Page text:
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Lookup NU author(s): Professor Janice McLaughlinORCiD
This work is licensed under a Creative Commons Attribution-NonCommercial 4.0 International License (CC BY-NC 4.0).
Paediatric genetics involves multiple visually based diagnostic processes. While examining the external features of a child plays an important role, of increasing importance are biochemical analyses of blood, which produce digital diagrams that display variations in the shape and composition of chromosomes. The level of magnification and detail that can now be captured is allowing new patterns of variation to be ‘seen’ and possible diagnosis to be made, which were not possible before. However, this generates questions about whether these forms of genetic diagnosis and digital visualisation are increasing the scope of medicine to define the body as ill – regardless of whether symptoms are present. This article, drawing from research in a paediatric genetic service, cautions against giving too much power to digital imagery. It does so by arguing that the imagery is only one source of visualisation relevant to how the child’s body is read and understood.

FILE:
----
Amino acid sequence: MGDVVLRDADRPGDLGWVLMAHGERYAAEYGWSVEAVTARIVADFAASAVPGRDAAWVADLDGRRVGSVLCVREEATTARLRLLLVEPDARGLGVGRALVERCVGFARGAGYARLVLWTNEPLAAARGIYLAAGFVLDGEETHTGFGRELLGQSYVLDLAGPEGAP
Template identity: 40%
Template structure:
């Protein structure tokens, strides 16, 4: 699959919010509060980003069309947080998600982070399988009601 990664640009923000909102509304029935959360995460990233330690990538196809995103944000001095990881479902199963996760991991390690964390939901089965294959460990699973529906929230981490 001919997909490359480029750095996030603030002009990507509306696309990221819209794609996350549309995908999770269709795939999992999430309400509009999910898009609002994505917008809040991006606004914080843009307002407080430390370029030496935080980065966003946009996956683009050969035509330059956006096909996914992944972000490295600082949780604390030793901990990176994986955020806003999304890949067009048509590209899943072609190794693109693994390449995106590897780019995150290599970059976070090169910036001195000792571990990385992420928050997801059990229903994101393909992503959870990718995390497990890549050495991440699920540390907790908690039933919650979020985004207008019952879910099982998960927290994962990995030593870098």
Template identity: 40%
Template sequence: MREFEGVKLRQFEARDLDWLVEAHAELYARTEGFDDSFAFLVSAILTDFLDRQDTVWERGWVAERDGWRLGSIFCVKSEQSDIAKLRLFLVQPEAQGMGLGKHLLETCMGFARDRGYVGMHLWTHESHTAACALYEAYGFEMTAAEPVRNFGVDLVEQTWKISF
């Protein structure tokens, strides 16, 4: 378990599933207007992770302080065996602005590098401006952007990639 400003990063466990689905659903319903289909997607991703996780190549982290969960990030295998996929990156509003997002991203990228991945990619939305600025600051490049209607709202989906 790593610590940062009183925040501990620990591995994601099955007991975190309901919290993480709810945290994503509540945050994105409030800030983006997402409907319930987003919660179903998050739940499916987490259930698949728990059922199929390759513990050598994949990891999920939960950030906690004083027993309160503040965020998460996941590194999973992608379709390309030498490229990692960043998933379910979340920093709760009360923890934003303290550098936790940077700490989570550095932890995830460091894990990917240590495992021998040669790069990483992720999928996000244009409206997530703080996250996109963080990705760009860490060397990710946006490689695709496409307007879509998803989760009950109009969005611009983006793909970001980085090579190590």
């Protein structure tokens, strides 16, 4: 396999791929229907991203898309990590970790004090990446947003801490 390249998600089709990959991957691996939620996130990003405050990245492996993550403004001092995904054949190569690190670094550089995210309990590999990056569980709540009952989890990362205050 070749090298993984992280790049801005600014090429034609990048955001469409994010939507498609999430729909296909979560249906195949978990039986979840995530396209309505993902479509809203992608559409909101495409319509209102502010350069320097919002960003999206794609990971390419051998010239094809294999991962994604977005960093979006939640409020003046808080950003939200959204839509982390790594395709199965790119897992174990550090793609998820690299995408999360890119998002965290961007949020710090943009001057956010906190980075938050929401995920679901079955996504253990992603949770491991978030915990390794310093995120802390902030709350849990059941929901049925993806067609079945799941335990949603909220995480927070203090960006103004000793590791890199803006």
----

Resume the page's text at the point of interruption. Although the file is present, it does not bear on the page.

Author(s): McLaughlin J
Publication type: Article
Publication status: Published
Print publication date: 01/04/2014
Online publication date: 11/03/2013
Acceptance date: 01/11/2012
Date deposited: 09/06/2014
ISSN (print): 0038-0385
ISSN (electronic): 1469-8684
Publisher: Sage Publications Ltd
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